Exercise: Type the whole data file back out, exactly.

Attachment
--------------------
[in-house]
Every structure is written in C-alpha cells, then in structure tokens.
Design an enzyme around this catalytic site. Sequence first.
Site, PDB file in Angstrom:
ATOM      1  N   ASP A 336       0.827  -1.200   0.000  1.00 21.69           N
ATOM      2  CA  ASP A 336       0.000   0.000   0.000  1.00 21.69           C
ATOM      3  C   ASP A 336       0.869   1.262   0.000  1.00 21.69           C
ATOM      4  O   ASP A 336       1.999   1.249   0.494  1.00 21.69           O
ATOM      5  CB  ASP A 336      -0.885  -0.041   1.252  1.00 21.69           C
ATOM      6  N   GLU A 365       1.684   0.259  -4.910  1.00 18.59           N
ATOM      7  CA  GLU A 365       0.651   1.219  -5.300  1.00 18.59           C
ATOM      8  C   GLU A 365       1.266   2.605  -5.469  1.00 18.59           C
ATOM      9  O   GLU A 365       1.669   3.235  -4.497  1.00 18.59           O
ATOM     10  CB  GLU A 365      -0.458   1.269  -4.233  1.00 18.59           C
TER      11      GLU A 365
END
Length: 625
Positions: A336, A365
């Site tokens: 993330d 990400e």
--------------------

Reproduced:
[in-house]
Every structure is written in C-alpha cells, then in structure tokens.
Design an enzyme around this catalytic site. Sequence first.
Site, PDB file in Angstrom:
ATOM      1  N   ASP A 336       0.827  -1.200   0.000  1.00 21.69           N
ATOM      2  CA  ASP A 336       0.000   0.000   0.000  1.00 21.69           C
ATOM      3  C   ASP A 336       0.869   1.262   0.000  1.00 21.69           C
ATOM      4  O   ASP A 336       1.999   1.249   0.494  1.00 21.69           O
ATOM      5  CB  ASP A 336      -0.885  -0.041   1.252  1.00 21.69           C
ATOM      6  N   GLU A 365       1.684   0.259  -4.910  1.00 18.59           N
ATOM      7  CA  GLU A 365       0.651   1.219  -5.300  1.00 18.59           C
ATOM      8  C   GLU A 365       1.266   2.605  -5.469  1.00 18.59           C
ATOM      9  O   GLU A 365       1.669   3.235  -4.497  1.00 18.59           O
ATOM     10  CB  GLU A 365      -0.458   1.269  -4.233  1.00 18.59           C
TER      11      GLU A 365
END
Length: 625
Positions: A336, A365
């Site tokens: 993330d 990400e």